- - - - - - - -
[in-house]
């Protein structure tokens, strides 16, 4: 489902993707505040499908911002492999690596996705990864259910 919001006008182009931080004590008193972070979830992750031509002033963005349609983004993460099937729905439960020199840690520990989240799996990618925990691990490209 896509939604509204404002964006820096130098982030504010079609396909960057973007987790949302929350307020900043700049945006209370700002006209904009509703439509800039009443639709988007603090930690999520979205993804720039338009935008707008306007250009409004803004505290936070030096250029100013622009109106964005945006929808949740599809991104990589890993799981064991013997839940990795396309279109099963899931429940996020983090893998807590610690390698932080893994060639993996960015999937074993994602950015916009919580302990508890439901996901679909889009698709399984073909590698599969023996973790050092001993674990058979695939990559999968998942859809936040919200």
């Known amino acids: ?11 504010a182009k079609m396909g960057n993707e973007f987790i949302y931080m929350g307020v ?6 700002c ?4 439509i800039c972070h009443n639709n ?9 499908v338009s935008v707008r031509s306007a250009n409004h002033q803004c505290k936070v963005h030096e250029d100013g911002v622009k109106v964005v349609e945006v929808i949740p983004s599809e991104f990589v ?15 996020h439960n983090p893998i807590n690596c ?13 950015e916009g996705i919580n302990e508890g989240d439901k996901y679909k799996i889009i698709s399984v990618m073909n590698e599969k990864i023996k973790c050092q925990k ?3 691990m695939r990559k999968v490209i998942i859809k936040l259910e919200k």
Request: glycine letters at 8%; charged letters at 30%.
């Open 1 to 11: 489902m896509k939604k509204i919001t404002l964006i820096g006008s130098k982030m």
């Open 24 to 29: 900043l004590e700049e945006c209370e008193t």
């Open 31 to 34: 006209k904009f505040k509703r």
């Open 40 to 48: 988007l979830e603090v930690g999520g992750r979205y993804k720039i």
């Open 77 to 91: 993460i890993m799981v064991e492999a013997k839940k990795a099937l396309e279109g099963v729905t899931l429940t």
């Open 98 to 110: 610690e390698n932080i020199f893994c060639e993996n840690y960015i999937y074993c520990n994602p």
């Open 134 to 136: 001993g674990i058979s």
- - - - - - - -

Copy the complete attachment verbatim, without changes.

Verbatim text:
[in-house]
């Protein structure tokens, strides 16, 4: 489902993707505040499908911002492999690596996705990864259910 919001006008182009931080004590008193972070979830992750031509002033963005349609983004993460099937729905439960020199840690520990989240799996990618925990691990490209 896509939604509204404002964006820096130098982030504010079609396909960057973007987790949302929350307020900043700049945006209370700002006209904009509703439509800039009443639709988007603090930690999520979205993804720039338009935008707008306007250009409004803004505290936070030096250029100013622009109106964005945006929808949740599809991104990589890993799981064991013997839940990795396309279109099963899931429940996020983090893998807590610690390698932080893994060639993996960015999937074993994602950015916009919580302990508890439901996901679909889009698709399984073909590698599969023996973790050092001993674990058979695939990559999968998942859809936040919200």
């Known amino acids: ?11 504010a182009k079609m396909g960057n993707e973007f987790i949302y931080m929350g307020v ?6 700002c ?4 439509i800039c972070h009443n639709n ?9 499908v338009s935008v707008r031509s306007a250009n409004h002033q803004c505290k936070v963005h030096e250029d100013g911002v622009k109106v964005v349609e945006v929808i949740p983004s599809e991104f990589v ?15 996020h439960n983090p893998i807590n690596c ?13 950015e916009g996705i919580n302990e508890g989240d439901k996901y679909k799996i889009i698709s399984v990618m073909n590698e599969k990864i023996k973790c050092q925990k ?3 691990m695939r990559k999968v490209i998942i859809k936040l259910e919200k």
Request: glycine letters at 8%; charged letters at 30%.
């Open 1 to 11: 489902m896509k939604k509204i919001t404002l964006i820096g006008s130098k982030m």
């Open 24 to 29: 900043l004590e700049e945006c209370e008193t």
């Open 31 to 34: 006209k904009f505040k509703r």
């Open 40 to 48: 988007l979830e603090v930690g999520g992750r979205y993804k720039i």
């Open 77 to 91: 993460i890993m799981v064991e492999a013997k839940k990795a099937l396309e279109g099963v729905t899931l429940t």
């Open 98 to 110: 610690e390698n932080i020199f893994c060639e993996n840690y960015i999937y074993c520990n994602p």
């Open 134 to 136: 001993g674990i058979s």